A recent survey showed that tanning can be an addictive behavior, and even though the risks of sun exposure are widely known by the public, these tanning salon goers actively choose to ignore these well-known health warnings. But why?

Is it for the High?

Research suggests that exposure to ultraviolet (UV) light (from tanning beds or the natural sun), causes the release of endorphins, know to produce euphoric sensations. The euphoria experienced from UV light has been compared to the "runner's high" that people often experience after an intense exercise session.

Think you’re a tan addict?

To test if you think you might be addicted to the tanning salon take this quick test. It is adapted from a screening tool for alcohol abuse, CAGE Questionnaire or "Cut down, Annoyed, Guilty, Eye-opener." If you answer "yes" to two or more questions, you are considered to have a positive screening. (and positive in this case is a bad thing… it means you most likely need to modify your behavior.)

Here are the questions:

  • Have you ever felt you ought to cut down on tanning?
  • Have people annoyed you by criticizing your tanning?
  • Have you ever felt bad or guilty about your tanning?
  • Have you ever thought about tanning first thing in the morning?

If you answered “yes” more than twice, don’t feel too bad, you’re not alone.

The Facts

  • Indoor tanners are more likely to report problematic tanning behaviors than outdoor tanners
  • Almost 1 in 10 intentional tanners report tanning more than 20 times a month
  • 3 out of 4 tanners said they exposed their skin to UV light to look better
  • 41% of tanners said they go tanning to relax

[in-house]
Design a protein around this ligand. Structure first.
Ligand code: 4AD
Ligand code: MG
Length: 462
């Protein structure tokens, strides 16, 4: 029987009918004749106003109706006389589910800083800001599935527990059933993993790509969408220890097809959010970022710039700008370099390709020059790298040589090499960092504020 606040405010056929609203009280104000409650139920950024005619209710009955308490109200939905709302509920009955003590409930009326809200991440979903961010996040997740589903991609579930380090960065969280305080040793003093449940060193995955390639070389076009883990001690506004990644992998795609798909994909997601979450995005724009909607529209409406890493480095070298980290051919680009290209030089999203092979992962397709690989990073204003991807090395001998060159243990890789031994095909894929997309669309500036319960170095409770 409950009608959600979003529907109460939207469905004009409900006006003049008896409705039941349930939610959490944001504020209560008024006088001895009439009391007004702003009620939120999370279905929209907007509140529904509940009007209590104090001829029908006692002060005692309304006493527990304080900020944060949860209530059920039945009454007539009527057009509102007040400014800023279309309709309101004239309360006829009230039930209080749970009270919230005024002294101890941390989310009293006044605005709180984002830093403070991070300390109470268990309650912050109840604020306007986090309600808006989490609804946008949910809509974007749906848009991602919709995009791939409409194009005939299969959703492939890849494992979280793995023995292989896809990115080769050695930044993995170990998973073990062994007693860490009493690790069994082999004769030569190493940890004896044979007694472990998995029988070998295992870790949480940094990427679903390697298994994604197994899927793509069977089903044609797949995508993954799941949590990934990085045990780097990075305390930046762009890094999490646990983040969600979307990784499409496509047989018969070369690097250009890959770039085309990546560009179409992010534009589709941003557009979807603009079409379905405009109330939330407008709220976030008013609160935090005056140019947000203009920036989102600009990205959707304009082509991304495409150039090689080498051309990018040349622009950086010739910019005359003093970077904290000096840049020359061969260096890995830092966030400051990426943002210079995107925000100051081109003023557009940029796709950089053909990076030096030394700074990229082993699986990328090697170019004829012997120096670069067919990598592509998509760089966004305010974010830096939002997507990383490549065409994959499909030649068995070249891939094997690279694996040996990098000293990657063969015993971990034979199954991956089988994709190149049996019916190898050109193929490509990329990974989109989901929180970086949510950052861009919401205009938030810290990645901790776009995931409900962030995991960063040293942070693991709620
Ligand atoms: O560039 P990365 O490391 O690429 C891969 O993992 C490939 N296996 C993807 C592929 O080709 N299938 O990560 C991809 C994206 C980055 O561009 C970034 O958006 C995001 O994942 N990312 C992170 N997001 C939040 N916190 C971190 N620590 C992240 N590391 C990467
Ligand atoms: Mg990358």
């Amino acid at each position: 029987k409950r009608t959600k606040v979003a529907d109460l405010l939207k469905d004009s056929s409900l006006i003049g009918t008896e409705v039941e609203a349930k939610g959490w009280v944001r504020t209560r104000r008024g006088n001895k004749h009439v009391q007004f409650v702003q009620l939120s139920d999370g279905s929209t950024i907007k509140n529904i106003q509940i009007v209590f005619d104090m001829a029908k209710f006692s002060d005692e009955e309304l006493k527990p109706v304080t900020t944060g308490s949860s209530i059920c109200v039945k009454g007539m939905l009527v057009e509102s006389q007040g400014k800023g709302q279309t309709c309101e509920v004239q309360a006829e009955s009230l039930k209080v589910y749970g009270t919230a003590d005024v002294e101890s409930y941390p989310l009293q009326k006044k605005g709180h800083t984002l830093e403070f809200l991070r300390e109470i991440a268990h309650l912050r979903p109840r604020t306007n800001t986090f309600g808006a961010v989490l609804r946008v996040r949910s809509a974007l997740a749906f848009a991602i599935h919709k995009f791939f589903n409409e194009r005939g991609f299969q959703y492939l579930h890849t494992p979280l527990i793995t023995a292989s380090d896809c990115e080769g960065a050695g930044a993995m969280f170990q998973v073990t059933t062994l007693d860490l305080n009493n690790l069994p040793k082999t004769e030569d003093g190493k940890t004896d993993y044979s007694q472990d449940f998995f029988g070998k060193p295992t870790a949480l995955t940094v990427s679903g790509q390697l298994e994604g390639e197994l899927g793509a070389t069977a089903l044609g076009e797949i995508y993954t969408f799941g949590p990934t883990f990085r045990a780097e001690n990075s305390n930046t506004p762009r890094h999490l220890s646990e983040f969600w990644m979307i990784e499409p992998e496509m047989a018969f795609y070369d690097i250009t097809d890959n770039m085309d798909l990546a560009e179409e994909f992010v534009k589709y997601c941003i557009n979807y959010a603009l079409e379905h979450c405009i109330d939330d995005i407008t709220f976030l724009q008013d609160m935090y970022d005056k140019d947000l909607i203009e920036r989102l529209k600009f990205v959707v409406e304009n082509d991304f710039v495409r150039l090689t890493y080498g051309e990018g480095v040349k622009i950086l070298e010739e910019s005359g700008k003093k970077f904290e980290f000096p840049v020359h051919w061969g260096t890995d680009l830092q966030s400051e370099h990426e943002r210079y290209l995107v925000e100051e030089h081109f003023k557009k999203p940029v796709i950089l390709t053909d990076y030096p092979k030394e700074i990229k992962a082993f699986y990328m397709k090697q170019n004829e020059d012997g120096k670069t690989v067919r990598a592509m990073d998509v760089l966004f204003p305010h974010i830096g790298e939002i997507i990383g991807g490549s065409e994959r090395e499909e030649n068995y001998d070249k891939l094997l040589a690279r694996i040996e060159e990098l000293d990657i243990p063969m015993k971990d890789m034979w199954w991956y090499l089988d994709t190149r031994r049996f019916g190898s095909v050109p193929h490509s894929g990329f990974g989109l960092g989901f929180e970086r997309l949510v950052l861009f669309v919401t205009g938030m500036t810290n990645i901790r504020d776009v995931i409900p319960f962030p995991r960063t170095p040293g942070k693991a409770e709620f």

• 22% said they tan to feel healthy
  • 1 in 5 tanners think they tan too much. The same amount said they feel guilty about their tanning.
  • About 1 in 10 said they’ve been annoyed by people's criticism of their tanning

Tanning Alternatives

Bronzer: Instead of going to tanning salons and possibly endangering your health, try switching to a cosmetic tanner. There are many tinted cosmetics that can give your skin the same healthy-looking glow without the danger of skin damage.

Self-Tanner: We’ve all heard horror stories (or maybe have some of our own) about self-tanning sessions going horribly wrong, with someone ending up orange or splotchy. But thanks to technology, at-home tanners have improved drastically. Buying your tan in a can has never been so easy and looked so real. These tan treatments last about a week and are much safer than heading to the salon.

Spray on Tan: If you like going to the salon to get a tan, consider getting a spray-on tan. Many tanning salons across the country are adding this service to their tanning options. The spray tan will last for about a week, and it only stains the surface of your skin, which is much safer for your health than tanning by UV light. It is the same technology as an at-home tanning session, except you have professionals assisting you to ensure you get an even color.

E.D. Hill anchors 'FOX News Live' weekdays from 11 a.m. to noon ET.